Jeremy Hunt’s NHS policies have led to a “fundamental breakdown in trust” between the Government and the medical profession, Labour has said.
In a letter to the Health Secretary Heidi Alexander, Labour’s shadow health secretary, said Mr Hunt should not unilaterally impose a new contract on doctors without their agreement, warning it could lead to long-term strikes.
David Cameron has previously said doctors could be forced to accept a new contract if negotiations between the British Medical Association and the Government did not succeed.
“We can’t rule that out because we can’t simply go into a situation where the junior doctors have a complete veto and block over progress in our NHS,” he told BBC Radio 4’s Today programme last month.
Junior doctors are staging a rolling programme of strikes to stop the new contract, which they say will incentivise unsafe shift patterns and leave doctors working the longest hours worse off.
The Government says the changes to the contract, which re-define which working hours count as anti-social and therefore merit special pay, are necessary to improve weekend NHS services.
Ms Alexander called for the Government to make public concessions to doctors to restore trust between the NHS and politicians.
“I believe you should make an explicit and significant public commitment to further concessions … and I would encourage the BMA to re-enter negotiations should you do so,” she wrote in an open letter.
“If you are not willing to do this, a new contract should not be imposed. Such a decision on your part could lead to protracted industrial action and widespread anger among other NHS staff at a time when morale is already at rock bottom.”
Junior doctors walked out for one day in January for all services except emergency care, with another strike planned for this week.
There is strong public support for the strike action so far, according to a series of general opinion polls conducted about the dispute. Junior doctors themselves also overwhelmingly voted to strike with 98 per cent in favour on a high turnout.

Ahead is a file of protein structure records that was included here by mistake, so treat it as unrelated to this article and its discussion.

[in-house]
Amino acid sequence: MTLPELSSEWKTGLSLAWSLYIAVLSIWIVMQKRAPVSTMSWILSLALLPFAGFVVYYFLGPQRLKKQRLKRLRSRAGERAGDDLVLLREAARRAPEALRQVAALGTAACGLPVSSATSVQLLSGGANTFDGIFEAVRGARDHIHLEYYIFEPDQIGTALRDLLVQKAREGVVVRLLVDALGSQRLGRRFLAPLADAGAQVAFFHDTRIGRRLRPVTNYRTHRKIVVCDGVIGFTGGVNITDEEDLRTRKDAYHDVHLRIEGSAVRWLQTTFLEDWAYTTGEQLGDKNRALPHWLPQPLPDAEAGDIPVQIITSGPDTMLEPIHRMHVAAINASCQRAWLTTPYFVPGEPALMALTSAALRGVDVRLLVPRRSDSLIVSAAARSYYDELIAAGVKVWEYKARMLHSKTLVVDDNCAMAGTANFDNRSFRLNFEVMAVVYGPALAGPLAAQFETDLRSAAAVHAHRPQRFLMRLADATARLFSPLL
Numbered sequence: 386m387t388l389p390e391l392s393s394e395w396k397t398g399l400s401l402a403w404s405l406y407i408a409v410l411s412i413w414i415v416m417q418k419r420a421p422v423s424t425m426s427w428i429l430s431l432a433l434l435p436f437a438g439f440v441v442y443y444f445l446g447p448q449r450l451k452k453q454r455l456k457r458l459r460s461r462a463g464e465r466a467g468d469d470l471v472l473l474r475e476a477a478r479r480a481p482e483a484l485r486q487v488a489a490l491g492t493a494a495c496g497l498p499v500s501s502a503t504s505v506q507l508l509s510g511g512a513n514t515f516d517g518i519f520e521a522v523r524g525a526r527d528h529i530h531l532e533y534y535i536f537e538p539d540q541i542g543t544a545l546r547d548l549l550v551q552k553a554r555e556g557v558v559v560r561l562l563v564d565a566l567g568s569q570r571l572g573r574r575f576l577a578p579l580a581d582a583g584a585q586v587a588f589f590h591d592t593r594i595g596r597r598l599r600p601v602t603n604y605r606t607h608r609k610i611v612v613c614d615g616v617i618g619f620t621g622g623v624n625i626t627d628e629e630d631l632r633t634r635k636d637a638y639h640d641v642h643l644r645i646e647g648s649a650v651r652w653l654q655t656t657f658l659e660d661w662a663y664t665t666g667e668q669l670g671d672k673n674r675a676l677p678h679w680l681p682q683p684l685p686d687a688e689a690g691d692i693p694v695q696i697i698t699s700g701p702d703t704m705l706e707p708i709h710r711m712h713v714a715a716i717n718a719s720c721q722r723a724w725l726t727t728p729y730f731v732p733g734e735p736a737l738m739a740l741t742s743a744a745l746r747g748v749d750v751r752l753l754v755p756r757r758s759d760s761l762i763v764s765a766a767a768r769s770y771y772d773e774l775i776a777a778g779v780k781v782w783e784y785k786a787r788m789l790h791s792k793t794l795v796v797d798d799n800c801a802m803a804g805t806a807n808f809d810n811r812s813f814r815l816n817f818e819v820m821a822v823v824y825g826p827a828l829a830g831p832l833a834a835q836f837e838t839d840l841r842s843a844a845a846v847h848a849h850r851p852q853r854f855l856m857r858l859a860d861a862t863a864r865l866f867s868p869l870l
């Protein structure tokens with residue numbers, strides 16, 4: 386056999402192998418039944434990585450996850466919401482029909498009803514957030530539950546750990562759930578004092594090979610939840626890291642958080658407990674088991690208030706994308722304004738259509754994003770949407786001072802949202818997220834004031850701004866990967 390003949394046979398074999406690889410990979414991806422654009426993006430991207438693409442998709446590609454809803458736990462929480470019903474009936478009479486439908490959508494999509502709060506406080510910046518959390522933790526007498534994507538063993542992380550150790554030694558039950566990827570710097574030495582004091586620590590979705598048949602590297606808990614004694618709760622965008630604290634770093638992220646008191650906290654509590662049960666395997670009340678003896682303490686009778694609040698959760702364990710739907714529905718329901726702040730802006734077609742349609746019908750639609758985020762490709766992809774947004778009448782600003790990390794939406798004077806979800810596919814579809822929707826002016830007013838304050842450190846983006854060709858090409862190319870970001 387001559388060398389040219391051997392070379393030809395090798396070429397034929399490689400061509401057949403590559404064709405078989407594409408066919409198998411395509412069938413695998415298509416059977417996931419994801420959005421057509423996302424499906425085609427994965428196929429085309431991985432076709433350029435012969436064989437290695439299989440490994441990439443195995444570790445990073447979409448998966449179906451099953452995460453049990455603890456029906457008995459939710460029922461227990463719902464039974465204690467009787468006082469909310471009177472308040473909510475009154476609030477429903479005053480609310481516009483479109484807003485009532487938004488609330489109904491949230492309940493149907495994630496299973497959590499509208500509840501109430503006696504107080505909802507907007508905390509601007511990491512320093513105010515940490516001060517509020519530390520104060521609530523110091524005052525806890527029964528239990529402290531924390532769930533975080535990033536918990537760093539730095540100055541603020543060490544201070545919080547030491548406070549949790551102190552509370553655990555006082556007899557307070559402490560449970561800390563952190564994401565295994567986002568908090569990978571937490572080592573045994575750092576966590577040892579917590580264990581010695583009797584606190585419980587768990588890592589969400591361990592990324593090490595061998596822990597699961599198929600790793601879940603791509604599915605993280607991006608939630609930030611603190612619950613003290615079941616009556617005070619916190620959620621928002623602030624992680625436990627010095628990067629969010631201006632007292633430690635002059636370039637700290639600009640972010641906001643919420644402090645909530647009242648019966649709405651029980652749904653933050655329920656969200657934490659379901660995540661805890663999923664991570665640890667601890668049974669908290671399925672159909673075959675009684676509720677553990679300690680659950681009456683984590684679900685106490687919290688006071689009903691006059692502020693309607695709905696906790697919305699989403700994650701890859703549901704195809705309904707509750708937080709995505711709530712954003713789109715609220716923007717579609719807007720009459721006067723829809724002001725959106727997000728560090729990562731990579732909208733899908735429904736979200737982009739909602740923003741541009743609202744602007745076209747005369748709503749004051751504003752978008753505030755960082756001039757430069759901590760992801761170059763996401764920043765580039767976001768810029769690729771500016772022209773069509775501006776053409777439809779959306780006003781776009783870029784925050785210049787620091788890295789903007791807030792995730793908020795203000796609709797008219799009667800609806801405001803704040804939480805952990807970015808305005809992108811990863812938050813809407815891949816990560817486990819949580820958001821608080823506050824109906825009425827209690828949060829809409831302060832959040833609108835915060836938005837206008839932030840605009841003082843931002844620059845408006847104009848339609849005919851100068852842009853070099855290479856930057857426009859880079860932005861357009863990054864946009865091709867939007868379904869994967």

Academic evidence of previous strikes also suggests that there is little impact on patient mortality from stoppages, though the Health Secretary has warned that patients could be harmed.
Medical professionals have criticised the Government’s use of academic studies to support their argument, with the editor of the British Medical Journal having written to Jeremy Hunt to accuse him of misusing a study apparently showing higher death rates on weekends.
Some researchers have even suggested a so-called “Hunt effect” – that apparent scaremongering by Mr Hunt has made sick people less likely to attend hospital on the weekends for fear of bad care.
This may have led to higher mortality amongst people who listen to Mr Hunt’s claims, the researchers have suggested.
Mr Hunt has said most doctors would see no change to their pay from the changes but admitted that those who work the very longest hours could lose money.
As well as fears of lower compensation, doctors have also however warned that patient safety could be put at risk as hospitals managers are incentivised to put doctors on unsafe shift patterns.
Doctors and academics say the apparent findings are not necessarily because care in the NHS is poorer on the weekends but because patients admitted on weekends are often simply more ill.
Both the Government and the British Medical Association, which represents doctors, have accused each other of refusing to properly negotiate.
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